In-school residencies can be a welcome source of revenue for a group or an individual teaching artist. Like any line of work, it can be hard to break into, but once you do, it becomes easier to get more of it. Here are some tips:
Develop a one-pager.
This doc should explain how your program will benefit the students and the school receiving the residency. Keep it to one page and make sure there’s lots of “air” on the page. Bulleted lists and 2-3 paragraphs with spaces in between them are good; a solid wall of text is not. The Americans for the Arts has a TON of research on the benefits of arts education and is a good starting point. This one-pager should guide the conversation in meetings with teachers and principals, and you should leave a copy with them at the end of the meeting.
Leverage your existing network.
When I was a taiko newbie, my group performed at an elementary school where a member’s granddaughter was a student. Her teacher LOVED the performance. The following year, I approached that teacher about a residency and she was immediately an advocate. She convinced the rest of the teachers at her grade level and the principal, and we did a residency there the following year.
I landed my first residency after moving to the Bay Area when a taiko friend mentioned that another friend had just passed on a residency. The first friend connected me with the person booking the residency and they booked me right away because I came to them through a recommendation.
The lesson here: be social. Make friends. Hang out with them. Go to events. Let people in your orbit know you’re looking for residency work.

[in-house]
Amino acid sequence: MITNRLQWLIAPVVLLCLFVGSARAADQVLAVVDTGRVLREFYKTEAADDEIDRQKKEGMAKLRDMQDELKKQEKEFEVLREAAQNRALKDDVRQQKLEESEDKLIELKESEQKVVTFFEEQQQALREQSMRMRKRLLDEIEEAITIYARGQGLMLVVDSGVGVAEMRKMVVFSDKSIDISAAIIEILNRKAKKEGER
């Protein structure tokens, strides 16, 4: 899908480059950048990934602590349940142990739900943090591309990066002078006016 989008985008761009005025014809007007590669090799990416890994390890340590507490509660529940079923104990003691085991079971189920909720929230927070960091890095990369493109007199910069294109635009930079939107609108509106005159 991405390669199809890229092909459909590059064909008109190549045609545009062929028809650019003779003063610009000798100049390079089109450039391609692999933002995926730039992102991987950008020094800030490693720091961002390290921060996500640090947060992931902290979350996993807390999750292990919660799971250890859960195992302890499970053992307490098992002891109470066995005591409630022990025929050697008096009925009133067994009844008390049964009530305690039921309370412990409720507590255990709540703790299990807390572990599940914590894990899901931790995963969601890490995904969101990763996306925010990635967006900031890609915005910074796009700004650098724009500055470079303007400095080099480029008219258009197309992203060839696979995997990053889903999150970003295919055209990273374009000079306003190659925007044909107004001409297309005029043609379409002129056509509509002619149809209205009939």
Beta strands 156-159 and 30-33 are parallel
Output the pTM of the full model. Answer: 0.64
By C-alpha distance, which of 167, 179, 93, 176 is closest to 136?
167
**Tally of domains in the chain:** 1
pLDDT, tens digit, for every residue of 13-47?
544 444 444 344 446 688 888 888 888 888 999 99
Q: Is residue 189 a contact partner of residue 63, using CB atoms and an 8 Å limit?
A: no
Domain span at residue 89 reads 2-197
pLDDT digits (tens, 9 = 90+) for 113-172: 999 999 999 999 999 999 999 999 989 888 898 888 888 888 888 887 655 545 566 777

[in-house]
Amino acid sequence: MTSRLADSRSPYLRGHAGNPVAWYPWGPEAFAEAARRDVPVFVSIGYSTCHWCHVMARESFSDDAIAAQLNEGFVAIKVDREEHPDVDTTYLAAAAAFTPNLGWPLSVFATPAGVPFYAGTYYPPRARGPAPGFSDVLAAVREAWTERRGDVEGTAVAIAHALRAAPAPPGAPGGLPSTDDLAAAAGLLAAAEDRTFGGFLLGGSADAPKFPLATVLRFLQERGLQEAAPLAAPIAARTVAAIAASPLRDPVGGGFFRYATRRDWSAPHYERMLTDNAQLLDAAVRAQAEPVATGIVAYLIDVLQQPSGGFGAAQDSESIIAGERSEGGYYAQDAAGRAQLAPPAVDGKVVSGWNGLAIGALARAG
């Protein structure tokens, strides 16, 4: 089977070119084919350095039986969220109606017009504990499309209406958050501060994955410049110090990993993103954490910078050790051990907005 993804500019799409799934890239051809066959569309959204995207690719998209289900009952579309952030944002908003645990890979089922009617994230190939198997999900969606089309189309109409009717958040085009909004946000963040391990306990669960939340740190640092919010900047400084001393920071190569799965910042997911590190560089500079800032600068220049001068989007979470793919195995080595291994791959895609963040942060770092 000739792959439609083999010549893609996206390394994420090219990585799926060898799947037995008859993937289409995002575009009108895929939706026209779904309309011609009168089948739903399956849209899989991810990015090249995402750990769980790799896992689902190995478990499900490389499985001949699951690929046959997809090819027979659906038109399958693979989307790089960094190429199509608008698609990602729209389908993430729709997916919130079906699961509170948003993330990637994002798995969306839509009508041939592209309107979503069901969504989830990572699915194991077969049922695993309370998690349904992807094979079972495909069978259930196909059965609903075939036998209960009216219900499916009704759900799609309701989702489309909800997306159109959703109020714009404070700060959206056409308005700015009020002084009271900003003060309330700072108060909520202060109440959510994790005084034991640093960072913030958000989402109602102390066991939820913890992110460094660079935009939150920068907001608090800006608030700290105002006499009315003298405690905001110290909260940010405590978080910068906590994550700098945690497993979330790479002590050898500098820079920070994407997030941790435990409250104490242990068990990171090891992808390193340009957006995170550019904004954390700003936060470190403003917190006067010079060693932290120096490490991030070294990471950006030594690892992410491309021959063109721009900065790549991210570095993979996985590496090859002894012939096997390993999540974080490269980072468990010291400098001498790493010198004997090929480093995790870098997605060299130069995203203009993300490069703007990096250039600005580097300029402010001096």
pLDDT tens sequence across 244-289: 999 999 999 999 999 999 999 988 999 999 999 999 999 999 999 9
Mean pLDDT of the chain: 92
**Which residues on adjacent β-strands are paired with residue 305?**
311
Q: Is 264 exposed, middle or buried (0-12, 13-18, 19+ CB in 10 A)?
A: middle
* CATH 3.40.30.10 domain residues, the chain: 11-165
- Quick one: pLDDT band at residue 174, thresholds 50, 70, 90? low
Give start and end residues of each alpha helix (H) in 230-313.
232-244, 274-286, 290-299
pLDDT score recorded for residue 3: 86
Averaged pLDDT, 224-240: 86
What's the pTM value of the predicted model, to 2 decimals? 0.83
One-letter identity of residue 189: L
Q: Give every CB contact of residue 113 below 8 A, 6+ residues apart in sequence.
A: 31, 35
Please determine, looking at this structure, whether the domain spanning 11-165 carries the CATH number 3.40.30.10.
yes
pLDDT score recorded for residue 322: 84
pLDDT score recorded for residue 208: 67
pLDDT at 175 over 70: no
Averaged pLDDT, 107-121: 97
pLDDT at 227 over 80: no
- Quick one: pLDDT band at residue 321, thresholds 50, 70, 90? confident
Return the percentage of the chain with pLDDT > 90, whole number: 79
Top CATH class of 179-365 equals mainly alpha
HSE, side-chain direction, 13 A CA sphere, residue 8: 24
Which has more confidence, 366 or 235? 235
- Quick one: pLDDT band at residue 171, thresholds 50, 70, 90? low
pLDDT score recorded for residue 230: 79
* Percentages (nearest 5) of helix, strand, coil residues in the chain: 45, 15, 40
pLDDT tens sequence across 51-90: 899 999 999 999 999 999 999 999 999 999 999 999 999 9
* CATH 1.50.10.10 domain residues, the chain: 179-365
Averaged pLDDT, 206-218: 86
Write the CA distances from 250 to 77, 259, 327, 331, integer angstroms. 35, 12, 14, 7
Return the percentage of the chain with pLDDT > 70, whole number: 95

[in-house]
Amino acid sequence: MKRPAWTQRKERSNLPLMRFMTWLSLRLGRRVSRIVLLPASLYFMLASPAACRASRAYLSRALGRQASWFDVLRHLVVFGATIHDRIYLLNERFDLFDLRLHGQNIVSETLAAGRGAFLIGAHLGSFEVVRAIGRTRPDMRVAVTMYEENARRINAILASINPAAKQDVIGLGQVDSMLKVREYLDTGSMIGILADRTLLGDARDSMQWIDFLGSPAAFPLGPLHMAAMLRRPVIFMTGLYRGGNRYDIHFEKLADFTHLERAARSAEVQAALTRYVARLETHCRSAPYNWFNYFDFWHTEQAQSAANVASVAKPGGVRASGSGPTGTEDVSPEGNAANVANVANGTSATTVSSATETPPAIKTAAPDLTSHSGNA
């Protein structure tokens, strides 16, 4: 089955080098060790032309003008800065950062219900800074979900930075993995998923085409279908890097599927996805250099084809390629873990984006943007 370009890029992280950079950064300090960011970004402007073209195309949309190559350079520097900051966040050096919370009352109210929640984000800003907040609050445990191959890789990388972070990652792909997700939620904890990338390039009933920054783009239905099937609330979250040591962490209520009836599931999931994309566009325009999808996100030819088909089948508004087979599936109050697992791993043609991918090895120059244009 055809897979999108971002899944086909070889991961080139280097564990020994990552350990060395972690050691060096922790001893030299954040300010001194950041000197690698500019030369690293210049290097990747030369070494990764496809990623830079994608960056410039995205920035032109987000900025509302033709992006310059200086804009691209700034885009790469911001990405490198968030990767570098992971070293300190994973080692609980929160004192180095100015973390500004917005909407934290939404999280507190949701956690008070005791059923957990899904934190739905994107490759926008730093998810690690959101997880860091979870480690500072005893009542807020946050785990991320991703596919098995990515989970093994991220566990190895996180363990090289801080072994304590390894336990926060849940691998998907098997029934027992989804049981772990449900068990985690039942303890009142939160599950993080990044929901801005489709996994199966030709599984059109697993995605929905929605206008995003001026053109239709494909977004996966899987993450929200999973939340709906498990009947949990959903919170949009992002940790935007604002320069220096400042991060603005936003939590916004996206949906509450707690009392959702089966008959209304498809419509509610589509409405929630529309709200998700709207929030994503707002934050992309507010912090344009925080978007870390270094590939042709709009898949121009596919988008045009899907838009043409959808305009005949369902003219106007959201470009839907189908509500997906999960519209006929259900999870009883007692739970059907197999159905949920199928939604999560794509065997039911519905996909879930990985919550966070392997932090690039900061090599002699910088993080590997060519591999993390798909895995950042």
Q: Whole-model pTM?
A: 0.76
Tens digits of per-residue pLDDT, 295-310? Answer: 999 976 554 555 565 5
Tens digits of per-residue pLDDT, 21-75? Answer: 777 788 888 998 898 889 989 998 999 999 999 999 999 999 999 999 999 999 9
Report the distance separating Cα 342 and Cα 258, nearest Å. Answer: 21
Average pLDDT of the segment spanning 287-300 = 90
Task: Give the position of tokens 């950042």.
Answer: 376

Find your own funding.
Schools rarely have the money to fully fund an artist-in-residence program. Many states have a statewide arts agency that offers partial grants to help cover the cost, but schools don’t always know about this resource. Do your research beforehand, and bring at least one grant opportunity to the school to help cover your fee. Some states require that the school be the applicant, so it’s very helpful to the school if you can provide grant language they’ll need to put together a proposal.
Residencies attract more residencies.
Just like performances attract more performances, completing even one successful residency is a strong indicator that more will come your way. Kids talk to parents, parents talk to neighbors and co-workers, teachers talk to peers at other schools. This word of mouth is likely to bring you more work.
Don’t give up if it takes months or even a year or two to land your first residency - more will almost certainly follow. Of course, the stronger your program, the easier it will be to find additional work. I can help - contact me for support in creating a great in-school residency. Happy teaching!